Tuesday, 16 October 2018

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Imans Say Titusville Mosque Vandalism Shows Islamophobia

By RENATA SAGO, For WUSF News , On 11 December 2017, Read Original

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Vandalism at a mosque in Titusville over the weekend has central Florida’s Muslims calling for an end to Islamophobia. Masjid Al Mumin, one of Brevard County’s four mosques and one of central Florida’s twenty worship centers now needs new cameras, lights, and electrical wiring after a man destroyed the outside with a machete. Part of the incident was captured on video. The suspect left bacon on the door outside according to a Titusville police report.

Florida’s Council on American-Islamic Relations, CAIR, is urging federal officials to call it a hate crime. Orlando Regional Coordinator Rasha Mubarak says it’s the 17th incident that’s taken place across the country in the past two months.

“From post-Paris attacks, Donald Trump’s rhetoric he’s been instilling in everyone, the shooting in California, Islamophobia—it’s real. It’s hitting home here in central Florida.”

She informed 90.7 News of an incident in which two Muslim women had to be escorted to their cars after being harassed outside of a local grocery store; in another incident, a Muslim man was insulted while in his car at a stop light.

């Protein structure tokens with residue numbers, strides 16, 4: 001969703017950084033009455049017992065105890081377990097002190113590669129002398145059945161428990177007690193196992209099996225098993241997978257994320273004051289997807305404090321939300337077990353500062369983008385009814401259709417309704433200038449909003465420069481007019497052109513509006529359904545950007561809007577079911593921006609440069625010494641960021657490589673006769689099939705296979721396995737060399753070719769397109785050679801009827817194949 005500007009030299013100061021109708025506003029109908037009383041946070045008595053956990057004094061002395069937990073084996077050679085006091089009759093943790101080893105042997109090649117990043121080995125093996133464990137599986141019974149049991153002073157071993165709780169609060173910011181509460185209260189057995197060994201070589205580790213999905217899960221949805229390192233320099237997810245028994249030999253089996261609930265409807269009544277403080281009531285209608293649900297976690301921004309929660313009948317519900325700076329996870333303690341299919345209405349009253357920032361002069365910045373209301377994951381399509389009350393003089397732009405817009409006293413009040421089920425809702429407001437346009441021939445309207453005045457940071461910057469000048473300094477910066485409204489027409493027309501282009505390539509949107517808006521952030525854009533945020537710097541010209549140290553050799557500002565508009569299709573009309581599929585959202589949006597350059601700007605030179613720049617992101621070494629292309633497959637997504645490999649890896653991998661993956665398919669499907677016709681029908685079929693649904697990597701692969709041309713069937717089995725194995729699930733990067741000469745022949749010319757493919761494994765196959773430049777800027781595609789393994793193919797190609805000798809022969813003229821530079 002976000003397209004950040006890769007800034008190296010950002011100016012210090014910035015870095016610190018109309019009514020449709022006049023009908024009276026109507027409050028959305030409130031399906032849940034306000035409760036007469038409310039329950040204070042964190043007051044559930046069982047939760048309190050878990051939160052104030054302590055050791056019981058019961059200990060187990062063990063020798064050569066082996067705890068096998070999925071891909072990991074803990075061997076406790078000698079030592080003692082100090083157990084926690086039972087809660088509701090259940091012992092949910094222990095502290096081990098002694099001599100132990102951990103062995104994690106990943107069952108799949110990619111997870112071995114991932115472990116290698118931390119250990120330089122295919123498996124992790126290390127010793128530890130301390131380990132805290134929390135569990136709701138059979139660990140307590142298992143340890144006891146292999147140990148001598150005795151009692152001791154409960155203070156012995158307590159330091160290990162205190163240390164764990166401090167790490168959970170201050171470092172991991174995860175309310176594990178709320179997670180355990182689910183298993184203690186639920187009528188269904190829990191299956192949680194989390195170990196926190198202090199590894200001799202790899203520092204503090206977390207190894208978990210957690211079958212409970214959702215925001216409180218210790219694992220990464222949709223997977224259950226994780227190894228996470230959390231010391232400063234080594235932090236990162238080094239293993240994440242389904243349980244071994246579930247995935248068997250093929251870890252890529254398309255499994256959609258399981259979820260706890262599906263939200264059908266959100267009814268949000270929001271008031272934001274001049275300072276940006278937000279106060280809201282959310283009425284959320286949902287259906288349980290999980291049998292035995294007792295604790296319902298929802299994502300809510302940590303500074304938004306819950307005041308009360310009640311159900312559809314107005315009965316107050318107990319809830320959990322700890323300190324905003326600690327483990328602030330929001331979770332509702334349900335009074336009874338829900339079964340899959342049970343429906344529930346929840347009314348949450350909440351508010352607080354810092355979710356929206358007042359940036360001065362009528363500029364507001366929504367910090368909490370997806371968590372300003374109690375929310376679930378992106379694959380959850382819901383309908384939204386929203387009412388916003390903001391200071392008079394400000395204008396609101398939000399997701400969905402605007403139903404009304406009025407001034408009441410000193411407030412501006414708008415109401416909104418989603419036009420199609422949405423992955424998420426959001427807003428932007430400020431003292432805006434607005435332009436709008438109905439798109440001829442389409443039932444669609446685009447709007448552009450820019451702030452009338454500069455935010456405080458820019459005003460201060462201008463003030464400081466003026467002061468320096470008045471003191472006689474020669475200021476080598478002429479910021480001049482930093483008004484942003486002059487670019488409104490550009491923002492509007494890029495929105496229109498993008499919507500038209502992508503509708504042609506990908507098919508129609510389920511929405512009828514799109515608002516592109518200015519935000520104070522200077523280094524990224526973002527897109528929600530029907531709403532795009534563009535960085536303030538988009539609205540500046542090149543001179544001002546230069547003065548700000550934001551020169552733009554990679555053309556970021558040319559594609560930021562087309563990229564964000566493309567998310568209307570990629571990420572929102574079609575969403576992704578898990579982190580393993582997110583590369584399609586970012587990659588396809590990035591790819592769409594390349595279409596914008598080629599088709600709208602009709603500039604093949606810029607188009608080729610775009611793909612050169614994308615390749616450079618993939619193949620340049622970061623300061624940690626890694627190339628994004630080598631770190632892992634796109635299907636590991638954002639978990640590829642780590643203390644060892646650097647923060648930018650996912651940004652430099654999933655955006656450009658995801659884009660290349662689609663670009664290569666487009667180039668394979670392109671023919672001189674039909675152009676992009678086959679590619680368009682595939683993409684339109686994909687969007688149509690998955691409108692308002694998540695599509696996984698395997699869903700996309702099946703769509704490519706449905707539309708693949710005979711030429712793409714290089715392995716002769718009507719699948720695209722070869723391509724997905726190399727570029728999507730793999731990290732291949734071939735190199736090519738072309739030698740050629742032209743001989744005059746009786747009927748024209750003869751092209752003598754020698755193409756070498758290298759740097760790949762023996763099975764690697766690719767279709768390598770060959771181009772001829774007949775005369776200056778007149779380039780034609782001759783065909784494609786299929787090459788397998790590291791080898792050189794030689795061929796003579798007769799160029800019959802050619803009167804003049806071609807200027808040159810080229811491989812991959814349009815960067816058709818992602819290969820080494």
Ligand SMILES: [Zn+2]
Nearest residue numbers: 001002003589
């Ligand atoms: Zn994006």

Imam Muhammad Musri, head of the Islamic Center of Central Florida that the recently vandalized mosque is a part of, says the number of threats the community has received in-person and through social media has risen.

“Just as the nation’s alert level goes up, similarly we have to fear backlash and often it is translated with more threats, and this is honestly unprecedented.”

Muslims have been requesting more security at the region’s twenty mosques, according to Musri. But Imam Abu Farah of the American Muslim Leadership Council believes public education will ultimately protect the community from future attacks.

“Individuals that have committed acts of hate have been those who knew literally about Islam other than what they hear about in the media,” he says. “The key is an obligation from us as American Muslims to reach out.”

Farah and other Muslim leaders will meet with law enforcement agencies from across the region next month to discuss strategies for preventing indirect and direct attacks against Muslims.